Diablo Immortal takes place between the events of Diablo 2 and Diablo 3. Your chosen adventurer must deal with the aftermath of Archangel Tyrael’s sacrifice and stop the Dreadlord’s minions from restoring the shattered Worldstone.
If you’ve played Diablo for a long time, you may already have chosen your favorite class and know how to play it. However, if this is your first time going to the hellish realm of Blizzard, I think you will need help in defeating the demonic monsters that are eager to tear your flesh.
Will you choose a wild barbarian who can use deadly melee attacks to cut down all enemies in his path? Perhaps Demon Hunter’s unique combination of stealth and long-range moves is more to your liking. And if you prefer to stay on the sidelines and keep your hands clean, you’ll surely love the idea of summoning minions with the Necromancer and forcing them to do your bidding. There are six completely different classes in Diablo Immortal, so let’s look at each one and explain how they work.
If you want to frolic, spin on the carousel of death and dip the demons in the dirt with their faces, then the barbarian is your class. Their skills are focused on crowd control, i.e., fast and effective AoE attacks. In addition, a fully upgraded barbarian gives teammates a 25% damage buff, making him an invaluable ally.
However, all of the barbarian’s attacks put him under attack and have a very long cooldown, so you’re a little more vulnerable than your bulging muscles seem. Also, as the enemies get more challenging, they hit the barbarian harder, so your ax-wielding hero might find he needs to retreat to regenerate health or wait for his skills to cool down before engaging again. This class is for those who want to beat, crush and break hellish creatures without thinking about strategy.
The Crusader is a more defensive melee class, with multiple AoE moves and lots of team-wide buffs to help teammates deal damage for you. Crusaders are also tanky, having the highest health of any of the six classes. They also have defensive skills that will help the squad mow down massive hordes or make it easier to fight one of the biggest bosses in the game.
If your goal is to draw the attention of enemies away from other party members, the Crusader is slightly more at risk of getting hit that stuns him for a short time or interrupts skills. In addition, his single target damage is relatively low compared to other classes, mainly due to his long cooldown. We recommend taking this role if you have a friend who plays Demon Hunter.
Like the barbarian, the Monk specializes in getting close and smashing the heads of demons. However, the Monk is much more agile and can sometimes deal massive damage, but he is arguably better able to support his teammate’s thanks to a set of powerful support skills. As such, the Monk is one of the most versatile classes regarding builds.
This flexibility comes at the cost of careful strategizing and ability management to get the most out of this class. Since monks are great with allies, their viability in single-player is somewhat limited, forcing you to create specific builds that can seem entirely limited after a while. Monk is perfect for you if you can’t decide between support and damage.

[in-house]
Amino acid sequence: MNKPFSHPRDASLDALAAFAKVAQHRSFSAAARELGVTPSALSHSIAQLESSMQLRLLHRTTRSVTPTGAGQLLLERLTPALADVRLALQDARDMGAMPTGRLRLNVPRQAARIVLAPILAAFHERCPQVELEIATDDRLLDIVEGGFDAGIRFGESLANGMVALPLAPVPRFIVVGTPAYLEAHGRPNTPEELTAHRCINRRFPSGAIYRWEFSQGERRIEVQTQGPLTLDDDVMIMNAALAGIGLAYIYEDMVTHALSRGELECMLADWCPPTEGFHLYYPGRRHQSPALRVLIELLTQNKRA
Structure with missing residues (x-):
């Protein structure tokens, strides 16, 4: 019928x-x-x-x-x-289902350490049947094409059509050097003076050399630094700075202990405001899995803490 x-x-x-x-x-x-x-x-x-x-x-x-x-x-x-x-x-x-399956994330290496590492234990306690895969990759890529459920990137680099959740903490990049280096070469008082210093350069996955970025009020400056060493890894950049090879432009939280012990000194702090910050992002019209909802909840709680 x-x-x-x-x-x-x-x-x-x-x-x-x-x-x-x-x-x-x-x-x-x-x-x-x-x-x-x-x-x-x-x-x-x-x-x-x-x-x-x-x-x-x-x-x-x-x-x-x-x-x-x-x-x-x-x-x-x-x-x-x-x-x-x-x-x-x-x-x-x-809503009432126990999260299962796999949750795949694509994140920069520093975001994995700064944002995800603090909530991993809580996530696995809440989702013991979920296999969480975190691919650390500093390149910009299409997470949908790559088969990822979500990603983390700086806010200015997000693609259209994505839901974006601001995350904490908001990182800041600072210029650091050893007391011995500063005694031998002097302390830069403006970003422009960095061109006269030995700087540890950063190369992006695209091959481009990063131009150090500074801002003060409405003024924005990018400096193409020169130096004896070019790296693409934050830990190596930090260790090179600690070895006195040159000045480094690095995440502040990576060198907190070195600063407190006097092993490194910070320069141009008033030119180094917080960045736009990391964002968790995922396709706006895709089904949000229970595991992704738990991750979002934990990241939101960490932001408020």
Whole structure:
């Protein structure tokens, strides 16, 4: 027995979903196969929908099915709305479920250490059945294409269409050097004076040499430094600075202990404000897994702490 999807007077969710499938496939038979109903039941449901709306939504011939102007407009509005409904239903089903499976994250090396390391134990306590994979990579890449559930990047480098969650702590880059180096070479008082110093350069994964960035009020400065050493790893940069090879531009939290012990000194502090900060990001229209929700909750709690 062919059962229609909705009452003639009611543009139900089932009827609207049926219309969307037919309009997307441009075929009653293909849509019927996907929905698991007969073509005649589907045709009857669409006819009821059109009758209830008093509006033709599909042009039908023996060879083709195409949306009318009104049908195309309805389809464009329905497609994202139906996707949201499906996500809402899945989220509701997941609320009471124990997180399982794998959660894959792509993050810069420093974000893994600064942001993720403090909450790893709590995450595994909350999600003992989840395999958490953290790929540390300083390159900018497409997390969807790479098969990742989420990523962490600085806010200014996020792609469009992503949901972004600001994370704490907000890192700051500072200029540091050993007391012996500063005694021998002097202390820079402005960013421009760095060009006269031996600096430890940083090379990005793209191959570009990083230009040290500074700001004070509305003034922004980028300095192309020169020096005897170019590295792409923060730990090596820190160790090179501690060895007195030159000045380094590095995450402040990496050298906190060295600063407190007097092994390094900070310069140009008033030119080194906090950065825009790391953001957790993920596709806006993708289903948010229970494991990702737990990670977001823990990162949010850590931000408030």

The Demon Hunter fills two different roles in the Diablo Immortal class roster. First, they are incredibly mobile, as they can fire their twin crossbows and use abilities while moving. Secondly, they have the best single target DPS in the game, making them a formidable opponent in PvP and against PvE bosses.
There are also disadvantages: they have a small supply of health and do not support allies well. A demon hunter must always watch his surroundings because a few good hits are enough to take him out of action. Ranged enemies also have an advantage against the Demon Hunter, who is often busy against melee fighters. If you have a good reaction, then in experienced hands, the Demon Hunter is a deadly character.
Imagine yourself as a general in an armchair? With the Necromancer, you only need to resurrect a few skeletons or other previously deceased minions to fight Diablo’s forces. Sure, their methods are unusual, but who doesn’t love to kick back and relax while everyone else is doing the hard work? If a skeleton or other undead minion falls in combat, the Necromancer snaps his bony fingers to replenish his army.
If in past issues of the Diablo series, Necromancers were flimsy, then in Diablo Immortal, they are more durable. However, you need to be constantly moving – especially if you’re using the taunt ability to draw enemies away from your minions – and the Necromancer is relatively slow. Also, if you haven’t played a necromancer before, it will be difficult for you to figure out how to extract energy directly from corpses.
Finally, if you prefer a more traditional approach to magic, the sorcerer has all the fireballs, arcane blasts, and freeze spells you could ever need. In addition, the wizard can combine spells to create deadly combos or status effects that can turn the tide of battle.
Despite their potential power, wizards are infamous glass warriors. They can constantly cast spells, but as soon as an enemy gets close enough to them to strike, most of the wizard’s health is gone. They aren’t as flimsy as Demon Hunters and can teleport if things get too hectic, but it’s still not a good idea to be on the front lines. When playing this class, you should pay attention to the long cooldowns of spells: if demons appear and you don’t have spells that can send them back to hell, it’s easy to get cornered. If you don’t mind positional play, these disadvantages shouldn’t become too serious.
That’s all you need to know when choosing the suitable class for you. Of course, the further you level up your heroes, the more your play style will depend on items. That’s the beauty of Diablo Immortal!